Gingerbread Cake: A Dessert for All Seasons

Is there any dessert as satisfying and adaptable as gingerbread cake? O.K., O.K., I know you chocolate people may beg to differ, but bear with me.  Consider gingerbread cake, delicious in cool weather with a warm caramel or lemon sauce, delicious in warm weather with a frozen topping or fresh fruit.  What’s not to like?

I’ve long admired the gingerbread cake served at Chow restaurants in San Francisco and the East Bay.  It’s nearly perfect, dense and rich, gingery and sweet enough, but not too sweet;  they serve it warm with pumpkin ice cream and caramel sauce.  It’s a dessert I’ve happily eaten once a year or so for the past ten years and never been disappointed. As it is one of their signature dishes, I never thought they’d share the recipe.  Imagine my surprise when I saw the recipe in print a few weeks ago in the S.F. Chronicle’s Sunday food section… So naturally, I’ve come up with a vegan version of their recipe, using natural sweeteners.  While it’s the best gingerbread I’ve ever made, check back here, as eventually I hope to perfect it further (if you think I’m a little obsessive about gingerbread, you’d be right!). I’ve also devised a recipe for my version of caramel sauce which does not involve refined sugar.  Make both and enjoy both, warm if possible.


Preheat oven to 350º F, lightly oil a 9 x 9-inch cake pan

Wet ingredients:

3/4 cup dark molasses (not blackstrap)

3/4 cup maple syrup

3/4 cup soy or rice milk

1/2 cup canola or similar light oil

2 ounces fresh ginger, peeled and  grated (about 3 tablespoons)

4 tablespoons finely ground flax seeds dissolved in 3/4 cup water

Dry ingredients:

1 cup unbleached white flour

1 1/2 cups whole wheat pastry flour

1 tablespoon baking soda

1 teaspoon baking powder

1 tablespoon ground ginger

1 teaspoon cinnamon

1/2 teaspoon ground cloves

tiny pinch of salt

1. Combine the ground flax seeds and water in your blender bowl.  Blend on high until completely blended.  Add the remaining wet ingredients and blend well on high.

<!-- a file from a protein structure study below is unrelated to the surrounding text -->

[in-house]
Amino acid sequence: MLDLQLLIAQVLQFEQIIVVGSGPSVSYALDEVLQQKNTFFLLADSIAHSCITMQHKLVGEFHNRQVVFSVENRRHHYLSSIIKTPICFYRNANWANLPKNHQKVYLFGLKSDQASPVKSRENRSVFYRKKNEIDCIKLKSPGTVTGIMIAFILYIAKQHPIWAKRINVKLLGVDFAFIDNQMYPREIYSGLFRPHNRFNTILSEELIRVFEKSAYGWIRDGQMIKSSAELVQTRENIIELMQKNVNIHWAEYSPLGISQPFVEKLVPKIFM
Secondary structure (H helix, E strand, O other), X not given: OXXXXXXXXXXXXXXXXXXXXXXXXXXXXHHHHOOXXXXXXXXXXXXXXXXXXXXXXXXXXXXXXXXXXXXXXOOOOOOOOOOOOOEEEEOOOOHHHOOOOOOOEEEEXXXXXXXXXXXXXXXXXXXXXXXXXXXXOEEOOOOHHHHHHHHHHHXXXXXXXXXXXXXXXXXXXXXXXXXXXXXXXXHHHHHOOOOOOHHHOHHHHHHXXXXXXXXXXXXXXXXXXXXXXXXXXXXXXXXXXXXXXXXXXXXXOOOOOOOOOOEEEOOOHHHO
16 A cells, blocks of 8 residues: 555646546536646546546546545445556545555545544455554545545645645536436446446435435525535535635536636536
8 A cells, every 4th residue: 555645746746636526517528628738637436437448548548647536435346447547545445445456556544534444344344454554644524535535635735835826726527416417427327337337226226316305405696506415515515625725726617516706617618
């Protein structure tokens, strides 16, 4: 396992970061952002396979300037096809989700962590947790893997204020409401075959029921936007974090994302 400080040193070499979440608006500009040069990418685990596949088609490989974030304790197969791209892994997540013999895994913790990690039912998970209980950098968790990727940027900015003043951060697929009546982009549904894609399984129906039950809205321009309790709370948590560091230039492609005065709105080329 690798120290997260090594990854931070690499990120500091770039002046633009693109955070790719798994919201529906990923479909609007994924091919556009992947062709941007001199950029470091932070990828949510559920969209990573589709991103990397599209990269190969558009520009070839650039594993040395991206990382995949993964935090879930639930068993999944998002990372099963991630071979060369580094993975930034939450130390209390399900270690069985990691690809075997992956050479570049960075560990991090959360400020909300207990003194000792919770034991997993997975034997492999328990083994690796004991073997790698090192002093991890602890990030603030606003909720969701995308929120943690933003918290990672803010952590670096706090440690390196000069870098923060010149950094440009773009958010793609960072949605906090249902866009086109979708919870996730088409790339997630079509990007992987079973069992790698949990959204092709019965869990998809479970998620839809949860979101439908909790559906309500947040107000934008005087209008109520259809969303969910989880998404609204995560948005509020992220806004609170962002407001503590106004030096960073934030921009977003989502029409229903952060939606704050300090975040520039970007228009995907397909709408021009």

2. Sift the dry ingredients together in a mixing bowl.  Stir well to combine.

3. Pour the wet ingredients into the dry and stir well to combine.

4. Pour this batter into an oiled 9 x 9-inch baking pan and bake at 350º F 40 minutes or until a tester inserted into the center comes out clean.

5. Cool partially on a cooling rack before cutting and serving with fruit, whipped or frozen topping or caramel sauce (see below).

VEGAN CARAMEL SAUCE (yields 1 1/2 cups)

This sauce can be made in about five minutes, but allow 15 minutes for it to partially cool and thicken.

1/2 cup barley malt syrup

1/2 cup rice syrup

1 tablespoon maple syrup (optional, but adds to complexity of flavor)

2 tablespoons Earth Balance

2 tablespoons arrowroot or cornstarch dissolved in 1/2 cup soy or rice milk

tiny pinch of salt

1. Combine the first four ingredients in a sauce pan.  Heat over medium high heat, stirring constantly, just until it comes to a boil. Turn down heat a bit.

2. Measure the soy milk into a bowl, add a tiny pinch of salt and whisk in the corn starch or arrowroot, making sure it is completely dissolved, then pour this into the syrup mixture.  Whisk constantly over medium heat for about two minutes.  Pour into a serving bowl and allow this sauce to cool and thicken before serving.  Will keep for ten days to two weeks, refrigerated.  Always warm before serving.


2 responses

  1. I tried this today and it was delicious! It was moist, not too sweet, and the combination of different spices and sweeteners created a nice depth of flavor. I also loved the caramel sauce but did substitute the earth balance with virgin coconut oil. My favorite thing about both components of this recipe is that the sauce would work with just about any cake/dessert and the cake would be deliciously dressed with probably any kind topping! Thanks chef Gary!

  2. Hello Gary ~
    I wanted to suggest that if you substitute 3 tab. of chia seeds for the ground flax its a great alternative, as the chia are tasteless and lend a ” wonderfully springy moist texture ” to any baked good, griddle cake etc.!
    Simply add the 3 tab. of chia to the water, immediately stir and then stir again in 1-2 min. or it will become layered and stiff. Then add the water and chia to your batter and voila you’ve got it!

    Paul Pitchford, author of Healing With Whole Foods Book, (great book btw) says that canola oil is unfortunately not unrefined and is used for
    factory operations, hence the crop is sprayed, heated and refined.
    Not a good choice for humans. Extra V.Olive Oil, or unrefined coconut oil would be a much better choice. Please help spread the word:
    Canola Oil has not come out with an unrefined organic version yet!

    Thank you for your wonderful site Gary ~ your recipes are amazing and you are so witty and upbeat! You inspire us all to be better cooks!

    Love & Happiness,

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